Feb 14, 2010


Antony Gormley wrote, "Culture in the developed western world has always positioned itself in distinction to nature: now we have to discover our nature within nature," in an article called
Art's lost subject.

A segment of Western culture that springs from modern science has vigorously adopted the position that humanity is an integral part of nature. Garrett Hardin published The tragedy of the commons in 1968, which illustrated the dangers posed by humans and our capacity for deleterious impact on the biosphere. At about that time, people like Carl Sagan knew that green house gas levels were rising on Earth and the warnings about human-induced climate change began to be heard coming from scientists. The protagonist in Carl Sagan's novel Contact had one question she'd like to ask an extraterrestrial: how did you survive the dangers of your technological adolescence? Scientists like E. O. Wilson continue to make pleas for consilience between the "two cultures" and action to protect the biosphere from human activities. Even some politicians (example) have caught on to the importance of human-induced climate change.

How can artists help awaken humanity to our place in nature? In particular, how can science fiction be used as a means to inform readers about issues like climate change and inspire useful changes in human behavior that will help protect Earth's biosphere? I stress useful change because cultural works can impact human behavior in negative ways. Nuclear power is currently our largest non-green house gas producing energy source. Are important decisions made because of the best available information or because of emotional responses stimulated by fictions like The China Syndrome?

I've only written one story that includes a plot element related to climate change. In the science fiction story X-Seven, benevolent aliens help a few humans create a solution to rising levels of atmospheric carbon dioxide. The story shows science being used as a tool for solving a serious problem that is confronting us. The particular "solution" in the story is a fantasy, but the theme of using our knowledge and know-how to solve problems is an important one. I'd never claim that technology can solve all of our problems, but we are foolish if we do not make use of all available tools to deal with our problems.

How many alternatives to our addiction to fossil fuels (such as better solar energy systems) might we already have if more young people were inspired to think creatively about science, engineering and technology? How many young people are turned-off from science by silly fictional "thrillers" that continue to perpetuate the tired idea that "science fiction is a pessimistic genre"? Like any tool, science fiction can be used to celebrate science and reason or it can be used to misinform and frighten people.

Until writers and film makers grow past The Modern Prometheus we are going to continue to struggle towards reasonable solutions to our problems. Industries with vested interests in the status quo are experts at fostering fear and doubt. The tobacco and oil industries have made billions in profits while inhibiting governments from making wise regulatory decisions. In the struggle to make wise decisions that impact human and planetary health, one fictional story like The China Syndrome can count for more than the informed views of the nuclear engineers who can make safe nuclear power plants. Artists, and anyone making cultural works, including movies, have a responsibility to work with knowledge and facts, not just emotions (profitable though it is to play on emotions).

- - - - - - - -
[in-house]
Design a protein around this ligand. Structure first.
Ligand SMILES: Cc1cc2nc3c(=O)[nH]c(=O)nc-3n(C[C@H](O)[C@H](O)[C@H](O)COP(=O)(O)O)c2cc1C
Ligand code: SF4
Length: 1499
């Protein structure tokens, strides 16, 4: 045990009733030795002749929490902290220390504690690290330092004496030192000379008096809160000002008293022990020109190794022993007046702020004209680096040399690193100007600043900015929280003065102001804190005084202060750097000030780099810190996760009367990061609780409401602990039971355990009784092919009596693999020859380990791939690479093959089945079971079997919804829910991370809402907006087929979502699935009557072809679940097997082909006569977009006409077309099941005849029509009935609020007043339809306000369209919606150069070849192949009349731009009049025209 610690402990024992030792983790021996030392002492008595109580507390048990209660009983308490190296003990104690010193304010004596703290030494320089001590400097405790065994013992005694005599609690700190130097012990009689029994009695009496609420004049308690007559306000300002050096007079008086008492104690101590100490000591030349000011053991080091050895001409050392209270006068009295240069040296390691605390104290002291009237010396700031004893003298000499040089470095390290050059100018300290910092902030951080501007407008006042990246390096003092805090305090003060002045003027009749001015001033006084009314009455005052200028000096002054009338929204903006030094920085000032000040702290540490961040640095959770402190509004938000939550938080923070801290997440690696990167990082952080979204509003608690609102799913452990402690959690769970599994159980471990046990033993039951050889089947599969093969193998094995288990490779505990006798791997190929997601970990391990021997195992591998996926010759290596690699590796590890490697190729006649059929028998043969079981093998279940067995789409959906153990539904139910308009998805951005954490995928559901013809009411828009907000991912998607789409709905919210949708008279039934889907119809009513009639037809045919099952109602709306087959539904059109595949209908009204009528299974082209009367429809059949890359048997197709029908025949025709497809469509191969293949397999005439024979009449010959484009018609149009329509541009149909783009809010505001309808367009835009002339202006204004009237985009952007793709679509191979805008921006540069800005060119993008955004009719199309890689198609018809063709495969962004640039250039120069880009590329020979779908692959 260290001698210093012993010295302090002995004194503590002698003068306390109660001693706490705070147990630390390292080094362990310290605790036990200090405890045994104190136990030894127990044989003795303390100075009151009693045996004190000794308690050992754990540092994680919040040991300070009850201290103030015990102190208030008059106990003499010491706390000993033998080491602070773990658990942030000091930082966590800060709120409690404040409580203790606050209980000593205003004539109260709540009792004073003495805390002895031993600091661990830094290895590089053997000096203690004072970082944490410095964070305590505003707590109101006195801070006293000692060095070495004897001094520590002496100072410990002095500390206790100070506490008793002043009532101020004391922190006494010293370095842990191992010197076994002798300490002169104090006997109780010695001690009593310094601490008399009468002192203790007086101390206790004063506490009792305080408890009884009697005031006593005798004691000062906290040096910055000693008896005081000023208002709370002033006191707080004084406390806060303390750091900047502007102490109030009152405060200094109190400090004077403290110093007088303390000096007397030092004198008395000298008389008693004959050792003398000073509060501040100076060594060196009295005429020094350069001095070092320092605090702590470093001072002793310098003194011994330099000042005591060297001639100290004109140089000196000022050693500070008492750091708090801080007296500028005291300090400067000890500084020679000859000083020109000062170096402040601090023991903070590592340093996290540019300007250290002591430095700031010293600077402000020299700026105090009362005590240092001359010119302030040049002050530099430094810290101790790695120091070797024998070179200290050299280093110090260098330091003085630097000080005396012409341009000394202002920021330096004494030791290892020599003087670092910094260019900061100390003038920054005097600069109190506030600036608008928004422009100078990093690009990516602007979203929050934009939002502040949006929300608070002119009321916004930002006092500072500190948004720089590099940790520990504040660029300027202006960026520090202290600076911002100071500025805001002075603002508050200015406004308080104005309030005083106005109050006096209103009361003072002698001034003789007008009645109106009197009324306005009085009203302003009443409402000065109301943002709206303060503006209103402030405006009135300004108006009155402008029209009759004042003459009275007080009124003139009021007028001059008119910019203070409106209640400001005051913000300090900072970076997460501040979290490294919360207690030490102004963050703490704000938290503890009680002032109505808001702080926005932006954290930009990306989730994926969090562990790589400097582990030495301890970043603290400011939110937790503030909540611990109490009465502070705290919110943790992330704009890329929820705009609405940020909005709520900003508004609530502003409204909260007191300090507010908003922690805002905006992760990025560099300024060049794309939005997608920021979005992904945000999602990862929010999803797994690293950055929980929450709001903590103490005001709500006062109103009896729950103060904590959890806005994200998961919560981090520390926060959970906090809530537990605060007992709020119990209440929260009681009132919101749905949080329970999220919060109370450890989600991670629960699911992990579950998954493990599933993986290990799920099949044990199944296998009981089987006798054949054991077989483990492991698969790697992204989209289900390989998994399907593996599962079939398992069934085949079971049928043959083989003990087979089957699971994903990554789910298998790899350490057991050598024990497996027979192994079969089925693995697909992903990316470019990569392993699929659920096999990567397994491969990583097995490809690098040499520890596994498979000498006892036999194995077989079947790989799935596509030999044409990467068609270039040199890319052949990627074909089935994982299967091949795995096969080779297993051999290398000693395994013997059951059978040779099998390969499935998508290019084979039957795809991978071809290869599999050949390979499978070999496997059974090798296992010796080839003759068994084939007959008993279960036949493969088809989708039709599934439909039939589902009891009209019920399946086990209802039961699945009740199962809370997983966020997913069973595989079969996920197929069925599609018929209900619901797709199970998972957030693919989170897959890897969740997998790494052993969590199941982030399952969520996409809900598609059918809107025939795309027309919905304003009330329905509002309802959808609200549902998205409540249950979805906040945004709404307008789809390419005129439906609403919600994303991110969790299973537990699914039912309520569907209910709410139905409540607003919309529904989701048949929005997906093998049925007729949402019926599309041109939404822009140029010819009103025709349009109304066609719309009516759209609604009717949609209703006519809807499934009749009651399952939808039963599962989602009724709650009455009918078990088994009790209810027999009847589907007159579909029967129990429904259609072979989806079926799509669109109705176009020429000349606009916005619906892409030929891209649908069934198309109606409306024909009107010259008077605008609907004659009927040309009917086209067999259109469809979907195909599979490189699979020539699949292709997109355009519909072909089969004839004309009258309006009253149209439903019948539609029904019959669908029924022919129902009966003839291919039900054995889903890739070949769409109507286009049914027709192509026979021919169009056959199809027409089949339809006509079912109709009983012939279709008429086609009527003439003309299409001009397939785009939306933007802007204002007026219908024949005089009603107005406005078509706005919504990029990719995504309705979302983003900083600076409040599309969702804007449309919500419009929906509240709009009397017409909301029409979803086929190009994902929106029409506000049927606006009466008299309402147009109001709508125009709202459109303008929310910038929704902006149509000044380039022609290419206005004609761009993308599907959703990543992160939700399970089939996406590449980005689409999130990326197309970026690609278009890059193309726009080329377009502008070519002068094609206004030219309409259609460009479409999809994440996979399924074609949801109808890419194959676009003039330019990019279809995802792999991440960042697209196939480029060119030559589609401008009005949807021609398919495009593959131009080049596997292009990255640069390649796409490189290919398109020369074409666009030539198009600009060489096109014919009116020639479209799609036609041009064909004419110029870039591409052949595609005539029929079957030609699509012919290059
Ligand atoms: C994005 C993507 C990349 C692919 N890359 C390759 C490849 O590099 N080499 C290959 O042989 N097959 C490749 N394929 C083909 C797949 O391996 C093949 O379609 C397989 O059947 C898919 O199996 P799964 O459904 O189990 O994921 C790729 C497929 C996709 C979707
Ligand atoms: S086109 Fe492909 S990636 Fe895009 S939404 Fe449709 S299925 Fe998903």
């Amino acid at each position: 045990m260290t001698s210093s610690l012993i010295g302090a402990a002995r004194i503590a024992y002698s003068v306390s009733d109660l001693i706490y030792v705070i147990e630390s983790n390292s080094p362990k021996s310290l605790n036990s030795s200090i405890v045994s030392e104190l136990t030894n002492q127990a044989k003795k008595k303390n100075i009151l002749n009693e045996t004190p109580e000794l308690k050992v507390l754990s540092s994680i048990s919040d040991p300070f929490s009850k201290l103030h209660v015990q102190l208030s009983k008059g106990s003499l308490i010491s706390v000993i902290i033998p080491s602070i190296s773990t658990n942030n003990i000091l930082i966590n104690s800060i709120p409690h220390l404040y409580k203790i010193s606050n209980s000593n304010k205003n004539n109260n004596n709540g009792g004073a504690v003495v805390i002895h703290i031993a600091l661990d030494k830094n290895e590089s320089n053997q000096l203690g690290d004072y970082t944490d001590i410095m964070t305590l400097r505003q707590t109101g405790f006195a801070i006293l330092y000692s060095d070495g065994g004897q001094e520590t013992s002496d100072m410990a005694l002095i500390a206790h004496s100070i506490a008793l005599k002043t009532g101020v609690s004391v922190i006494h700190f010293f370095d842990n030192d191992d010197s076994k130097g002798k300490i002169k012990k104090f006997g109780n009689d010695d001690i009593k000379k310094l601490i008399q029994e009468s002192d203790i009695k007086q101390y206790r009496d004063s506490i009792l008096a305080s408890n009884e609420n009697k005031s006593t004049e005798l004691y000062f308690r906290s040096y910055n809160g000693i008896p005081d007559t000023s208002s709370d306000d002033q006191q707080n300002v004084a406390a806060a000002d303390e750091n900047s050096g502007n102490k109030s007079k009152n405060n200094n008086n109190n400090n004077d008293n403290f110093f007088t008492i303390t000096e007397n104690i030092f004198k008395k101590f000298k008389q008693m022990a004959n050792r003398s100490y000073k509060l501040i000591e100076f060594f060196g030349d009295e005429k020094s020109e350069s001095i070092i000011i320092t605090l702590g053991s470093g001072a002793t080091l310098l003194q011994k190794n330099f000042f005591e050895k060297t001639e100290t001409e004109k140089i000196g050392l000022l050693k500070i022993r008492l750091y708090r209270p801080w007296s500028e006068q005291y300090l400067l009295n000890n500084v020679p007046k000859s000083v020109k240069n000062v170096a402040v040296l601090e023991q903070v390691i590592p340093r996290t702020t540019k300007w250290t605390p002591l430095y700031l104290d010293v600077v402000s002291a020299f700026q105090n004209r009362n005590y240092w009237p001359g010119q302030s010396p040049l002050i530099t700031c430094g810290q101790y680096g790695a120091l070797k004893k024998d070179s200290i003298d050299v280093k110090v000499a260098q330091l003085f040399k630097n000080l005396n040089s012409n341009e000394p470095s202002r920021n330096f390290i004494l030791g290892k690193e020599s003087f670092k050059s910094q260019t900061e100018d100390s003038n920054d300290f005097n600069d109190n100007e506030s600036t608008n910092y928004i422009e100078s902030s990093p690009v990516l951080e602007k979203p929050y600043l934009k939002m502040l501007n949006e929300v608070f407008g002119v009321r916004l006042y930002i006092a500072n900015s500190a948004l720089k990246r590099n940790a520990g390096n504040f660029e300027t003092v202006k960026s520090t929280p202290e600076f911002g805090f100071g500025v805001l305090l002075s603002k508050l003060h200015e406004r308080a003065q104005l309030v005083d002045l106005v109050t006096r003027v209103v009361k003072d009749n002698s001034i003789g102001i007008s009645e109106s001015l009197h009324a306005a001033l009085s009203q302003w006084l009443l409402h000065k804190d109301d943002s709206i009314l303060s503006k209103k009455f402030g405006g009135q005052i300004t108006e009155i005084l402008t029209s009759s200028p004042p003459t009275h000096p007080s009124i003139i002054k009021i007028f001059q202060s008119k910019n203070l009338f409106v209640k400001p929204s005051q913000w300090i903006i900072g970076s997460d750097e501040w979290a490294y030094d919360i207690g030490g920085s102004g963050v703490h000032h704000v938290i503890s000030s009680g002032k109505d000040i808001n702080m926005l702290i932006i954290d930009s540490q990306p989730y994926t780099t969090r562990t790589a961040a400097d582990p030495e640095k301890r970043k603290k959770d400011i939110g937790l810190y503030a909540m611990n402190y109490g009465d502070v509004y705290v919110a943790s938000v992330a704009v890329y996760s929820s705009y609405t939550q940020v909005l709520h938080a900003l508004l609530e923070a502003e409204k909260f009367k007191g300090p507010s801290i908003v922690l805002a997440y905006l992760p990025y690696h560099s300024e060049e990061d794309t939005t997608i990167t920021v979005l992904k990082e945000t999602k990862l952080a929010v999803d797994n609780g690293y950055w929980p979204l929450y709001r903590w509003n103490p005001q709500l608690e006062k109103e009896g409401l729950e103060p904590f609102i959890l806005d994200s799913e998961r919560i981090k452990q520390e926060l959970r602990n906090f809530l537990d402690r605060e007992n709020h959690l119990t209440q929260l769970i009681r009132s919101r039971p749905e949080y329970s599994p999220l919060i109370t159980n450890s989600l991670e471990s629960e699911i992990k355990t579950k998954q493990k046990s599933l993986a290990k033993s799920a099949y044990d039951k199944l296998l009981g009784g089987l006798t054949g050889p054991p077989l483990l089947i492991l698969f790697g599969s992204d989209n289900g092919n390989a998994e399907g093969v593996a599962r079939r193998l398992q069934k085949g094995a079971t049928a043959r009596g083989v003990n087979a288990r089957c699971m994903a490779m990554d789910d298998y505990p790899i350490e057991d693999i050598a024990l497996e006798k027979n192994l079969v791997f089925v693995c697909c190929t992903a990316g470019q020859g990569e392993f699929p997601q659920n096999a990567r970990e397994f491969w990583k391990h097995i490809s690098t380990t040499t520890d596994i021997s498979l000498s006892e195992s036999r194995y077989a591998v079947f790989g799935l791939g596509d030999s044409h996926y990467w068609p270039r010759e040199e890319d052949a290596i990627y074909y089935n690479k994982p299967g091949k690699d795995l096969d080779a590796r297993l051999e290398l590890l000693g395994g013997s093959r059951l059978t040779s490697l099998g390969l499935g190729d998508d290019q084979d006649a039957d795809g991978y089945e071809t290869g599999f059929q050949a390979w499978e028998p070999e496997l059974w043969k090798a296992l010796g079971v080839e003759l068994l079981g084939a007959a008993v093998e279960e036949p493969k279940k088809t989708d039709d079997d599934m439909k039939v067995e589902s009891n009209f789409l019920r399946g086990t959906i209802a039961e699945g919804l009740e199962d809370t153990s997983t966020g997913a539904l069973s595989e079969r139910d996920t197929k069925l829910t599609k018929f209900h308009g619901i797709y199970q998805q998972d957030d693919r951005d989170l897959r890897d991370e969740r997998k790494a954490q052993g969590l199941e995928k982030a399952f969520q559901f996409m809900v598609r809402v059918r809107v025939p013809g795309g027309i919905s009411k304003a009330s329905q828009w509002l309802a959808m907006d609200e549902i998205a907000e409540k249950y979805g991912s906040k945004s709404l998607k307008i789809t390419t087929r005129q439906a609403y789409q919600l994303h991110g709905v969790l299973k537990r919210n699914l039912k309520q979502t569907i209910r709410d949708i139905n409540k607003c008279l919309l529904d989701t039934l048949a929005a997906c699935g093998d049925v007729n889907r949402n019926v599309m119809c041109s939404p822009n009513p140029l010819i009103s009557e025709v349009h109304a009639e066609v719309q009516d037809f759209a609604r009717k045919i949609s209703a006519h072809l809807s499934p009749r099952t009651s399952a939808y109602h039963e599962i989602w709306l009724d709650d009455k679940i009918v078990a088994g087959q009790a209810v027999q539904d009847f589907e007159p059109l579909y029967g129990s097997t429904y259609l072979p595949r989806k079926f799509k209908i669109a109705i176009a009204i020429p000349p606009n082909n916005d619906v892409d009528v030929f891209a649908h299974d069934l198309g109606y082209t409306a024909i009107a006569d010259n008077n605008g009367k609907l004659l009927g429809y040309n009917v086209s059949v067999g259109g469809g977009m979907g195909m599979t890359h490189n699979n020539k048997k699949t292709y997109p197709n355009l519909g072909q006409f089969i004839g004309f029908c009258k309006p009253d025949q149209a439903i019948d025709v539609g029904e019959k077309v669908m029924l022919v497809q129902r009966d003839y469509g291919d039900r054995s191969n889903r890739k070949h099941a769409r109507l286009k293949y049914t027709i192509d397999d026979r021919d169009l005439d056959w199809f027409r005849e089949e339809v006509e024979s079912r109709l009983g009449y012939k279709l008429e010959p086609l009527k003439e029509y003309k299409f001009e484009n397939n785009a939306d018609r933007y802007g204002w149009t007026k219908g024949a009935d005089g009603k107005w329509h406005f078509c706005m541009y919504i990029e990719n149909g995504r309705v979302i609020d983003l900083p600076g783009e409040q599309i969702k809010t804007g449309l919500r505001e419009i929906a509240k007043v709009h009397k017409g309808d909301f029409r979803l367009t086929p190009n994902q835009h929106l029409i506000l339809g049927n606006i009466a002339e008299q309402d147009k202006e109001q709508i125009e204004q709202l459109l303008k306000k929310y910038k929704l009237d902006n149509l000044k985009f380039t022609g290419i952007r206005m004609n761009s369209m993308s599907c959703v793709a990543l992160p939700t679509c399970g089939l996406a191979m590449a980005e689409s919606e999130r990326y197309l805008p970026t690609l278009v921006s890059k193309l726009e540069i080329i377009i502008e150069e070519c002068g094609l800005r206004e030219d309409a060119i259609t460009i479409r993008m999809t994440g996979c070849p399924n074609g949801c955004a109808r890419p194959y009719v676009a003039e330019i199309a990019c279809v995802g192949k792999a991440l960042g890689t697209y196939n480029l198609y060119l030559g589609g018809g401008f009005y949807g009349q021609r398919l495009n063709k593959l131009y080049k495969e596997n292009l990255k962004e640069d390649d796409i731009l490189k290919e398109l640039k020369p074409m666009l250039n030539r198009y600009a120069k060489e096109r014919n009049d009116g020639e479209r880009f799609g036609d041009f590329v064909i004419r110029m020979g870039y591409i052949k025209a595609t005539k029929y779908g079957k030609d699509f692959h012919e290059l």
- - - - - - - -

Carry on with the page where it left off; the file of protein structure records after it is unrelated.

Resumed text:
Law Two. There is a radical idea that I plan to explore in my fiction. In answer to Ellie Arroway and her question about survival, I imagine that any life form that long survives as a tool-using species will have a set of rules to guide their behavior. I'm not sure that tool-using primates are suited to a world like Earth. Earth is one of the rare planetary gardens where life can appear and evolve. Maybe we need to think seriously about the idea that this is not "our planet". There are many worlds out there where we can freely indulge our penchant for tool creation and use without having an impact on other species. Have we reached the point where our place in nature is some place other than Earth?
Diagram: the strange attractor in the Asimov Reality
illustrates the risk of catastrophic sea level rise
in the Exode Trilogy.

Related reading
: Sarah Palin calls global warming studies "snake oil science."
Note: I later made global warming a key plot element in another story set in the Exodemic Fictional Universe: Exode.

Image at top. Angel of the North Jupiter
More Jupiter:
UV image: Jupiter's north pole

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